Energy to ultimate load decreased significantly after ovariectomy (p<0.05). There was no significant difference between OVX-E and OVX-GE group in the value of energy to ultimate load, which suggested that puerarin enhanced biomechamical property as good as estradiol (Fig. 3).
The tibia samples were same with what scanned by microCT. The secondary spongiosa of the proximal tibia were tested until deformation. The load-deformation curves were recorded during the bending process. Data are reported as means±S.D. * p<0.05, compared with Sham group.
Puerarin sharply enhanced plasma osteocalcin and ALP compared with Sham group (p<0.01, p<0.01, respectively). In addition, there was no difference between all the groups in plasma adiponectin (Fig. 4).
Plasma osteocalcin (A) and adiponectin (C) were performed by ELISA. Plasma ALP (B) was detected by biochemical methods. Data are reported as means±S.D. * p<0.05, ** p<0.01, compared with Sham group; $$ p<0.01, compared with OVX group; ## p<0.01, compared with OVX-E group.
For MTT assay, the osteoblasts in OVX group was less proliferative than that in Sham group (p<0.01). Estradiol enhanced osteoblast viability significantly (p<0.01). The effect of puerarin was less than that of estradiol (p<0.01). But puerarin did increase the proliferative activity of osteoblasts. However, the change didn’t reach a statistical significance. For osteocalcin in culture supernatant, the trend was similar, except that puerarin had more osteocalcin than estradiol group (p<0.05) (Fig. 5).
A: Cell viability was measured by MTT assay. The cells in log phase were plated into 96-well microplates at 1×105/well in αMEM supplemented with 10 mM β-sodium glycerophosphate +0.05 M ascorbic acid +10 nM dexamethasone, and incubated for 24 h prior to treatment at 37°C in 5% CO2. B: Induced osteoblasts were cultured for 72 h. Then culture supernatant was collected for ELISA assay. ** p<0.01, compared with Sham group; $$ p<0.01, compared with OVX group; # p<0.05, ## p<0.01, compared with OVX-E group.
The absence of ovary induced more oil-red-positive cells derived from bone marrow (p<0.01). Both puerarin and estradiol, inhibited this upward tendency (p<0.01, p<0.01, respectively) (Figs. 6A, B). However, puerarin had no effect on lipid accumulation. The lipids in OVX-GE group were higher than that of OVX group (p<0.01) (Fig. 6C). As for adiponectin in cell supernatant was concerned, puerarin suppressed the rising of adiponectin induced by overectomy (p<0.01). However, puerarin’s influence was lower than estradiol (p<0.01) (Fig. 6D).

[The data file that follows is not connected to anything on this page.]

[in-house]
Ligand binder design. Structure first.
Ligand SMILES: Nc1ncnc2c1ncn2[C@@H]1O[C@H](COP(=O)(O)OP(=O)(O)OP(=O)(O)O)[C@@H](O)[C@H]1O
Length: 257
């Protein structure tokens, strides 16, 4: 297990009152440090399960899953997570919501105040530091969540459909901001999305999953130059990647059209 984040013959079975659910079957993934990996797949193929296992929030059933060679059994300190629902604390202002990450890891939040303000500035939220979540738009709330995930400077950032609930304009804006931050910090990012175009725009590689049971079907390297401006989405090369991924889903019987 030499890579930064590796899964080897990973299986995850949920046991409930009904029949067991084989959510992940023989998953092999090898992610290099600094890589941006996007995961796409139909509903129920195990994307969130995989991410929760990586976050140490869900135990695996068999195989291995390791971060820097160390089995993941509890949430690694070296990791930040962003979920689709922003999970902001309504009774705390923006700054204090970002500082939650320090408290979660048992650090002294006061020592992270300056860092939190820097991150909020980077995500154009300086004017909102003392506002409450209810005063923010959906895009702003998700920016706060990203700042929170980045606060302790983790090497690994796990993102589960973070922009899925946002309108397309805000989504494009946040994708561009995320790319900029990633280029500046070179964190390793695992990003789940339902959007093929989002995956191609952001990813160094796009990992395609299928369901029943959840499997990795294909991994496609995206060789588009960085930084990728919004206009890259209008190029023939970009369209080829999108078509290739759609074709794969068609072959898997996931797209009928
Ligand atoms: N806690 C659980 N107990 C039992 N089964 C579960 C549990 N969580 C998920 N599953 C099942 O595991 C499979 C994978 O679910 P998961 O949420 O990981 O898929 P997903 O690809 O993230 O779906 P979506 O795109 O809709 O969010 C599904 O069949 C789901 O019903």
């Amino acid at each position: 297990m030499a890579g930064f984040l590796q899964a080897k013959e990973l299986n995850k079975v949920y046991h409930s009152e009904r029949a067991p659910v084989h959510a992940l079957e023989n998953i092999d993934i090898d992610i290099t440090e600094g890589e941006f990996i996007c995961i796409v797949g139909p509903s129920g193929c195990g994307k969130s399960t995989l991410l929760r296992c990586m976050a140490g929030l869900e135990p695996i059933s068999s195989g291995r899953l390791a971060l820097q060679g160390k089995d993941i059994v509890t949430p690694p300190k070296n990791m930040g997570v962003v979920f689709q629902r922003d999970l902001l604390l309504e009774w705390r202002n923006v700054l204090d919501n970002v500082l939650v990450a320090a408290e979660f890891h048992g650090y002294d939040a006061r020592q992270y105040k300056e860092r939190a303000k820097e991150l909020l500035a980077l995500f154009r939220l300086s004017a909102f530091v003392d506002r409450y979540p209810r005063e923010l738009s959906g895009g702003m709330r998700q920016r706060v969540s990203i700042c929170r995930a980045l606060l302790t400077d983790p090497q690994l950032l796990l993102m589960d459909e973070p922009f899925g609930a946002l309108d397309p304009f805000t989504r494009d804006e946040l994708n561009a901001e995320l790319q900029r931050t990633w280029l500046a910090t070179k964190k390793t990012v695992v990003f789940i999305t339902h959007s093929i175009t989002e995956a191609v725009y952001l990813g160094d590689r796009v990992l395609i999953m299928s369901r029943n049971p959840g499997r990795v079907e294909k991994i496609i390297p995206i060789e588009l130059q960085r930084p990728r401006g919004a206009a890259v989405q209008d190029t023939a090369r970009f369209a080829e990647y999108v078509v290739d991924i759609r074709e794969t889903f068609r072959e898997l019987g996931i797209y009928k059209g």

A: The oil-red-positive cells cultured ex vivo. The MSCs were seeded on slices at 1×105/well in αMEM supplemented with 10 µg/mL insulin +10−7 M dexamethasone, and incubated for 72 h at 37°C in 5% CO2 before stained by 0.6% Oil-Red O solution. B: The quantity of the Oil-Red-positive cells. C: The induced adipocytes were plated into 96-well microplates at 1×105/well in the same medium, and stained by Oil-Red O. The spectrophotometry of isopropanol-extracted cells presented the lipid droplets in culture system. D: Induced adipocytes were cultured for 72 h. Then the culture supernatant was collected for ELISA assay. ** p<0.01, compared with Sham group; $$ p<0.01, compared with OVX group; ## p<0.01, compared with OVX-E group.
Our group has ever reported puerarin’s potential effect in the prevention of bone loss. Primary data suggested that 10–50 µg/L puerarin inhibited osteoclastic bone resporption in vitro. Puerarin had some therapeutic effect on the ovariectomy-induced osteoporosis.12,13) Naturally, we wondered puerarin’s osteogenic influence on bone in ovariectomized rats. In this study, we investigated the effect of puerarin on bone mass and marrow adiposity in ovariectomy-induced osteoporosis, and found that puerarin improved bone metablism by modulating osteoblastogenesis and bone marrow adiposity. Therefore, the present findings corroborated the former potential benefit of puerarin in the prevention and treatment of postmenopausal osteoporosis.
Previous study demonstrated that ALP is secreted from the immature osteoblasts, whereas osteocalcin is raised at the later stage of osteoblast differentiation. In this study, ALP activity was considered as an early differentiation marker and osteocalcin as a later differentiation marker, which was relevant to biomineralization.14) Our data suggested that puerarin induced osteoblast differentiation by upregulating both osteocalcin and ALP expression in vivo and in vitro. This result was consistent with the report of Tiyasatkulkovit et al.9) Studies exhibited that puerarin in collagen matrix increased new bone formation locally and could be used for bone graft and bone induction.15) Further, there were data suggested that puerarin stimulated osteoblastic proliferation and Akt activation via phosphatidylinositol 3-kinase (PI3K)-dependent manner,16) or through caspase-3,17) estrogen receptor, p38 mitogen-activated protein kinase (MAPK), and Wnt/β-catenin pathways.18) Further investigation should be conducted on the pathway of how puerarin influences bone formation.